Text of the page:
1. Cloth for blankets.
2. The act or punishment of tossing in a blanket.
That affair of the blanketing happened to thee for the fault thou wast guilty of.
1. In a blank manner; without expression; vacuously; as, to stare blankly. G. Eliot.
2. Directly; flatly; point blank. De Quincey.
(Blank"ness), n. The state of being blank.
(||Blan*quette") n. [F. blanquette, from blanc white.] (Cookery) A white fricassee.
(||Blan*quil"lo) n. [Sp. blanquillo whitish.] (Zoöl.) A large fish of Florida and the W. Indies It
is red, marked with yellow.
(Blare) v. i. [imp. & p. p. Blared ; p. pr. & vb. n. Blaring.] [OE. blaren, bloren, to cry, woop; cf.
G. plärren to bleat, D. blaren to bleat, cry, weep. Prob. an imitative word, but cf. also E. blast. Cf.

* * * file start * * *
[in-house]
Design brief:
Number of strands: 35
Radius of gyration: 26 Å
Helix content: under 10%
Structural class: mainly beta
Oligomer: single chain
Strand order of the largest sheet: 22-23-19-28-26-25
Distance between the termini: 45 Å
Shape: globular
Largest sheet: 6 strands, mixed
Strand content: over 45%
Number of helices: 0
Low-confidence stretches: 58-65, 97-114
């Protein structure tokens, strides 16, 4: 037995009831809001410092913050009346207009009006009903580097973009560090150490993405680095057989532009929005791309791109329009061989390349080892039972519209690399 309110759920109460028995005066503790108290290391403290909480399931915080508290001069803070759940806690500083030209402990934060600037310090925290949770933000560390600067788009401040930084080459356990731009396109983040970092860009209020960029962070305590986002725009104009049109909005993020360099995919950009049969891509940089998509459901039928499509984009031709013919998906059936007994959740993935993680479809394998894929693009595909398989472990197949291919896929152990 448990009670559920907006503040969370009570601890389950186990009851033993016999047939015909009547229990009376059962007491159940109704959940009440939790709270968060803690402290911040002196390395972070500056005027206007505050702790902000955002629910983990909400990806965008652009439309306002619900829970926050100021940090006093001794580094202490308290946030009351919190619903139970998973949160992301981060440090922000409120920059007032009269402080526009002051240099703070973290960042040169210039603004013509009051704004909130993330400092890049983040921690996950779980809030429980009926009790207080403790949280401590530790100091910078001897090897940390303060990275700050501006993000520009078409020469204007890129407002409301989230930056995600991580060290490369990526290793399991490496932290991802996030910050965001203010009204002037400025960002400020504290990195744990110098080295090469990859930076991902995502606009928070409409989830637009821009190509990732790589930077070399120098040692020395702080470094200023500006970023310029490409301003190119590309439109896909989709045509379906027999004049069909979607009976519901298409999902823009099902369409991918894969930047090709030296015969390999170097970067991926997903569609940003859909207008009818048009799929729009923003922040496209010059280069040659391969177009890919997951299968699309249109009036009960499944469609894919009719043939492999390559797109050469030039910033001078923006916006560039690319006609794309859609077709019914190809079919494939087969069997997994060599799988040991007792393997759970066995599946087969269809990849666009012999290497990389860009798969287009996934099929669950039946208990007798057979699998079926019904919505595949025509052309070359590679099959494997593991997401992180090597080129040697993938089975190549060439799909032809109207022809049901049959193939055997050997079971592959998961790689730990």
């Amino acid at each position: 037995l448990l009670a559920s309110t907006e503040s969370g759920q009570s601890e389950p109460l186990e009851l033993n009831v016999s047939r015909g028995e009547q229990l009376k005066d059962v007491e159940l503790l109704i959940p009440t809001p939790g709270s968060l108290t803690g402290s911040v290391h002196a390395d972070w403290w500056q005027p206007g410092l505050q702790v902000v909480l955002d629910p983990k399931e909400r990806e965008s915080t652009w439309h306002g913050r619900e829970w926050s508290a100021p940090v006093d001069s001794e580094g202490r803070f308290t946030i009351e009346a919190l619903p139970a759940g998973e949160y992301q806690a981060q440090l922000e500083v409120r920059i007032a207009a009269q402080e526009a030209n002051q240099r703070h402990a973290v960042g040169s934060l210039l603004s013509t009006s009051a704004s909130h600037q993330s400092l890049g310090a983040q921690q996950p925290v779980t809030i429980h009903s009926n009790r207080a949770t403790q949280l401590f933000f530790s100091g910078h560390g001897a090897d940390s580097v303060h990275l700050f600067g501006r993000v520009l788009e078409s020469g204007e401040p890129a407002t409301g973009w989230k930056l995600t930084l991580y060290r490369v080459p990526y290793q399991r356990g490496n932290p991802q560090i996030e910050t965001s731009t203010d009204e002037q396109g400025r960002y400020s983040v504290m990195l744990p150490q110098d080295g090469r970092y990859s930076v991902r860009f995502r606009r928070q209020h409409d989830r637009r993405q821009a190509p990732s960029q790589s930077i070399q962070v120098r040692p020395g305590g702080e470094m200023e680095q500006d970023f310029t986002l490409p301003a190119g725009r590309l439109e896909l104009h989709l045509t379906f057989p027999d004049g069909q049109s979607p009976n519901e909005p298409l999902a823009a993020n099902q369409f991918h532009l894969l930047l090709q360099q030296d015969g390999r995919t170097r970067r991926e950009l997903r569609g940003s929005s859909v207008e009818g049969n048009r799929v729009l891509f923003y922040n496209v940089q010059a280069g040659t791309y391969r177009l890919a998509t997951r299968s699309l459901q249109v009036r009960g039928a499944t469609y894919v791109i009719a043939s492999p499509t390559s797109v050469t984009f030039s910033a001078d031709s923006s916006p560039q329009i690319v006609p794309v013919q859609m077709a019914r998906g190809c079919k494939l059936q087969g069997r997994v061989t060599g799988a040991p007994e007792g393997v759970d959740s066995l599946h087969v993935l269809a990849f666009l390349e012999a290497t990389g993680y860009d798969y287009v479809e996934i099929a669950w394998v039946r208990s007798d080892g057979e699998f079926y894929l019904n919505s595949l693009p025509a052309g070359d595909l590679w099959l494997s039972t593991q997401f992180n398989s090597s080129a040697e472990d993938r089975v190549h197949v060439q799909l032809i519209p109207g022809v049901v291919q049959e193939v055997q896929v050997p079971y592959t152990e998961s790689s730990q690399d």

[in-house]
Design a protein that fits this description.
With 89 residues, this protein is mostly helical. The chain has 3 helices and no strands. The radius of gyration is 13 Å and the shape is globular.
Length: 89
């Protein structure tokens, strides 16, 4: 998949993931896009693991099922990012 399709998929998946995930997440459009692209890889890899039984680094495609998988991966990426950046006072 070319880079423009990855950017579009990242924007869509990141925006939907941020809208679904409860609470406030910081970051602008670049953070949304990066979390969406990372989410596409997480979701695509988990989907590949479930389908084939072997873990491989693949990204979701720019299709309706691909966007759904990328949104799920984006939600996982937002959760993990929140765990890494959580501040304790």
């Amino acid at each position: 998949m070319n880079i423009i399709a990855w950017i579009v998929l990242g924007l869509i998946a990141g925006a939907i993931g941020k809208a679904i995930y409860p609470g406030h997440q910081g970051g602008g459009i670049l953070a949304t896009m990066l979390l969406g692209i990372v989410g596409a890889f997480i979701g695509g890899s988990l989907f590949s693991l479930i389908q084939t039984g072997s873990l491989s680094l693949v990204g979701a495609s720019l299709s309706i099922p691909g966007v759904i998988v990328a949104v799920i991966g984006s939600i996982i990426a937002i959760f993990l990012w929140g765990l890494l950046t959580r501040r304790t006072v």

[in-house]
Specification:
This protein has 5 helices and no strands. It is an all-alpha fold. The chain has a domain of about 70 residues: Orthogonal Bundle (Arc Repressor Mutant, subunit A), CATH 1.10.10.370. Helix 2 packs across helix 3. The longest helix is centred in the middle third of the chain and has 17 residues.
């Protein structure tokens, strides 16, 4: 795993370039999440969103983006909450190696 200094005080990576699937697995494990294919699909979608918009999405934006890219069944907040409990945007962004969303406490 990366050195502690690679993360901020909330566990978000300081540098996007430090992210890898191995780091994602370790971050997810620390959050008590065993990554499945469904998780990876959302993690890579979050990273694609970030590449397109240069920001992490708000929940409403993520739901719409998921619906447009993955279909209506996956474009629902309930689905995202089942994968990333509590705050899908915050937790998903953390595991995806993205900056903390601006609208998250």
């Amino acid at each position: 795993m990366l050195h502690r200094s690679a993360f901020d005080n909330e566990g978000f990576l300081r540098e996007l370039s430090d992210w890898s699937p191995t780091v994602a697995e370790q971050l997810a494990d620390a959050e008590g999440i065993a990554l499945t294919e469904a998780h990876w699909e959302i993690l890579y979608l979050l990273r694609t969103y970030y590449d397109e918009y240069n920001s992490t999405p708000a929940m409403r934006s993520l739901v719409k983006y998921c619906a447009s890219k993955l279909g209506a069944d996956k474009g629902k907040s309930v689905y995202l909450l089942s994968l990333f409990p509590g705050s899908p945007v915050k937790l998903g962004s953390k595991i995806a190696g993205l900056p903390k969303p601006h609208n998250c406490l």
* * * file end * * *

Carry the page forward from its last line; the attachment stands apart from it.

Blore.] To sound loudly and somewhat harshly. "The trumpet blared." Tennyson.
(Blare), v. t. To cause to sound like the blare of a trumpet; to proclaim loudly.
To blare its own interpretation.
(Blare), n. The harsh noise of a trumpet; a loud and somewhat harsh noise, like the blast of a
trumpet; a roar or bellowing.
With blare of bugle, clamor of men.
His ears are stunned with the thunder's blare.
J. R. Drake.
Blarney stone, a stone in Blarney castle, Ireland, said to make those who kiss it proficient in the use of
(Blar"ney) n. [Blarney, a village and castle near Cork.] Smooth, wheedling talk; flattery. [Colloq.]
(Blar"ney), v. t. [imp. & p. p. Blarneyed (-nid); p. pr. & vb. n. Blarneying.] To influence by
blarney; to wheedle with smooth talk; to make or accomplish by blarney. "Blarneyed the landlord." Irving.
Had blarneyed his way from Long Island.
S. G. Goodrich.
(||Bla*sé") a. [F., p. p. of blaser.] Having the sensibilities deadened by excess or frequency of
enjoyment; sated or surfeited with pleasure; used up.